2013–14 ISU Speed Skating World Cup

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ISU Speed Skating World Cup
Essent ISU World Cup Speed Skating logo.svg
Dates 8 November 2013 – 16 March 2014
«2012–13 2014–15»
ISU Speed Skating World Cup
2013–14
Men

500 m | 1000 m | 1500 m | 5k/10k | Mass start | Team pursuit

Women

500 m | 1000 m | 1500 m | 3k/5k | Mass start | Team pursuit

World Cup weekends

Calgary | Salt Lake City | Astana
Berlin | Inzell | Heerenveen

The 2013–14 ISU Speed Skating World Cup, officially the Essent ISU World Cup Speed Skating 2013–2014, is a series of international speed skating competitions planned to run the entire season. The season will start on 8 November 2013 in Calgary, Canada, and will end with the final on 16 March 2014 in Heerenveen, Netherlands. Compared to previous seasons, fewer competition weekends are planned; the season is restricted due to the 2014 Winter Olympics, which will be arranged in Sochi, Russia, during February 2014.[1][2] In total, six competition weekends will be held at six different locations, twelve cups will be contested (six for men, and six for women), and 72 races will take place.

The World Cup is organized by the International Skating Union (ISU).

Calendar[edit]

The detailed schedule for the season.[1] Additionally, the team sprint will be a demonstration event in Inzell.[1]

WC # City Venue Date 500 m 1000 m 1500 m 3000 m 5000 m 10000 m Mass start Team pursuit
1 Canada Calgary Olympic Oval 8–10 November 2m, 2w m, w m, w w m m, w
2 United States Salt Lake City Utah Olympic Oval 15–17 November 2m, 2w m, w m, w w m m, w
3 Kazakhstan Astana Alau Ice Palace 29 November – 1 December 2m, 2w m, w m, w w m
4 Germany Berlin Sportforum Hohenschönhausen 6–8 December 2m, 2w m, w m, w w m m, w
Norway Hamar Vikingskipet 11–12 January 2014 European Allround Speed Skating Championships
Japan Nagano M-Wave 18–19 January 2014 World Sprint Speed Skating Championships
Russia Sochi Adler Arena 8–22 February Speed skating at the 2014 Winter Olympics
5 Germany Inzell Eisstadion Inzell 7–9 March 2m, 2w m, w m, w w m m, w
6 Netherlands Heerenveen Thialf 14–16 March 2m, 2w m, w m, w w m m, w m, w
Netherlands Heerenveen Thialf 21–23 March 2014 World Allround Speed Skating Championships
Total 12m, 12w 6m, 6w 6m, 6w 5w 5m, 1w 1m 2m, 2w 4m, 4w
Note: the men's 5000 and 10000 metres will be contested as one cup, and the women's 3000 and 5000 metres will be contested as one cup, as indicated by the color coding.[1]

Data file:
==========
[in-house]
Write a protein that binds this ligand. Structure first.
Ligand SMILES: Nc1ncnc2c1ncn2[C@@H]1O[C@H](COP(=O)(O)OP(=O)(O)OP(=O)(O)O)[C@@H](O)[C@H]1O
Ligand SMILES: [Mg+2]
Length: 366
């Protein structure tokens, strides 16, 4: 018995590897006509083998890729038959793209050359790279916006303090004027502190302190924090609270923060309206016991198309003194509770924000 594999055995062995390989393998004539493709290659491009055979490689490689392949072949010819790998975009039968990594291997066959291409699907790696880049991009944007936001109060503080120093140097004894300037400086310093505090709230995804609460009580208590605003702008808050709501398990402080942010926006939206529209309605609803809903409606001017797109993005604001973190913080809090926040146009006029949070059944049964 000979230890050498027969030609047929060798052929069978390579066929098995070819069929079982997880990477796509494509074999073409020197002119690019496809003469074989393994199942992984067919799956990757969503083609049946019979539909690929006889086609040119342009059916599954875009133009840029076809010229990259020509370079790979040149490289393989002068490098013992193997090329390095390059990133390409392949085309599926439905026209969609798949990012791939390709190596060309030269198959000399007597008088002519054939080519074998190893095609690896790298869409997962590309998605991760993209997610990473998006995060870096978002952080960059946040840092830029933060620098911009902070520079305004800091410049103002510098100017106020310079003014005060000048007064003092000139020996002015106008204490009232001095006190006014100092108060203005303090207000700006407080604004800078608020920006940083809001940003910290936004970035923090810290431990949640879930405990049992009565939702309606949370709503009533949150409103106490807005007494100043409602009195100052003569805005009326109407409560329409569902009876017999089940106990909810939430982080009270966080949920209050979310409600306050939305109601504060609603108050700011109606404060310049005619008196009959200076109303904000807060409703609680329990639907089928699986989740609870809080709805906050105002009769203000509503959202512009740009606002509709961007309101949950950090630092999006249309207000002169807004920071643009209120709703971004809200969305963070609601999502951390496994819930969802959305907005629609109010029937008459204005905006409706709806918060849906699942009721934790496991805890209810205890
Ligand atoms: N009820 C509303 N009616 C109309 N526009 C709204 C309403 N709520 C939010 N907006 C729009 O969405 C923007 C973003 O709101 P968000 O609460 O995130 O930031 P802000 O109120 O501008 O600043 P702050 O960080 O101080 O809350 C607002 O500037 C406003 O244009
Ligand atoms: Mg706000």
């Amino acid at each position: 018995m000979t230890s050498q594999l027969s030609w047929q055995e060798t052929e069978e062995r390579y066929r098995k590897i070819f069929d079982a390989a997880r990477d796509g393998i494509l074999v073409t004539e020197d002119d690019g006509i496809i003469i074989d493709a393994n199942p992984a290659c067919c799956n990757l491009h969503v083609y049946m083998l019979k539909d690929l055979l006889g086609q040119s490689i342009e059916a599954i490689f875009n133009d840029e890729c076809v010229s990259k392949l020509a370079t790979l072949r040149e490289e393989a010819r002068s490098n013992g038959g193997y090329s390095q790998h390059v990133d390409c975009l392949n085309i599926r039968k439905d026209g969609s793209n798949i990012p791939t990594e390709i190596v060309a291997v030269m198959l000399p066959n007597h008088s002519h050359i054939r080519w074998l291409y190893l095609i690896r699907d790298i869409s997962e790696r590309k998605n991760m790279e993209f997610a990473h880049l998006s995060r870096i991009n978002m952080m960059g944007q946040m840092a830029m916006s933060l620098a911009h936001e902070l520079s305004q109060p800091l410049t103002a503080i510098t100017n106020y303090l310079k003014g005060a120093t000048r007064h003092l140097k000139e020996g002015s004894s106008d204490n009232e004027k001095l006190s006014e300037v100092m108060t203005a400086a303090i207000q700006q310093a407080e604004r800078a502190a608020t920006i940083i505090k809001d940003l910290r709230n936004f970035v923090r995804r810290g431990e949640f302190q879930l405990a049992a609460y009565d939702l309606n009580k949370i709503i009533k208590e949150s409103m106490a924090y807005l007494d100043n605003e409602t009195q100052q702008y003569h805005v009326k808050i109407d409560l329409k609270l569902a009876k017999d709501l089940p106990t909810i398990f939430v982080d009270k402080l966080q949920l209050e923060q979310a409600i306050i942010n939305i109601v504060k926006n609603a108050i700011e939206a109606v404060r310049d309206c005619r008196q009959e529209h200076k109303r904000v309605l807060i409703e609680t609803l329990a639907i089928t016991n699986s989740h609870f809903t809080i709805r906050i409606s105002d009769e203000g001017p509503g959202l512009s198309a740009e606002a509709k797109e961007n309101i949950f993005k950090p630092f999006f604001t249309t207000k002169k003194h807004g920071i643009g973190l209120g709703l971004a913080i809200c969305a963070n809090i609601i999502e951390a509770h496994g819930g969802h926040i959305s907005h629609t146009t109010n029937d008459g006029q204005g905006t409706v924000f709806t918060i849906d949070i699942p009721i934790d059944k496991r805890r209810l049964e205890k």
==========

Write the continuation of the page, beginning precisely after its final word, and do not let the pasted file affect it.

Entry rules[edit]

Qualification criteria[edit]

In order to qualify, skaters must have achieved the following results in ISU events, international competitions or national championships between 1 July 2012 and the entry deadline for the competition concerned.[1]

A in the Olympic Oval, Calgary, or the Utah Olympic Oval, Salt Lake City
B in other ice rinks
C or 6:35.00 on 5000 m
D or 6:40.00 on 5000 m
E or 4:15.00 on 3000 m
F or 4:20.00 on 3000 m

For the mass start and team pursuit events, skaters who have achieved any one of the above results will qualify.[1]

Nation quotas[edit]

Every ISU member nation may enter at least one competitor for each distance, subject to the qualification criteria above. Additionally, skaters placed among the top 36 in the final 2012–13 World Cup, or included in the final qualifying list (including the reserve list) of the 2013 World Single Distance Championships, for the distance category concerned, may be entered.[1] Member nations not mentioned may enter maximum one skater for each distance.

For the mass start event, a member nation may enter maximum three skaters, all subject to the qualifying criteria above. For the team pursuit event, a member nation may enter one team only per category (men/women).[1]

Competition format[edit]

Seeding of skaters[edit]

If the number of entered skaters exceeds a certain limit, skaters compete in two separate divisions, A and B.[1] In the first competition, the composition of skaters in the respective division is determined by the ranking of the skaters in the respective distance category from the 2012–13 World Cup and the seeding submitted by the respective team leaders before the draw. For each country and distance category, the number of skaters in the ranking top of the previous year will decide the number of places available in Division A, but the team leader's seeding will decide which skater goes into which division.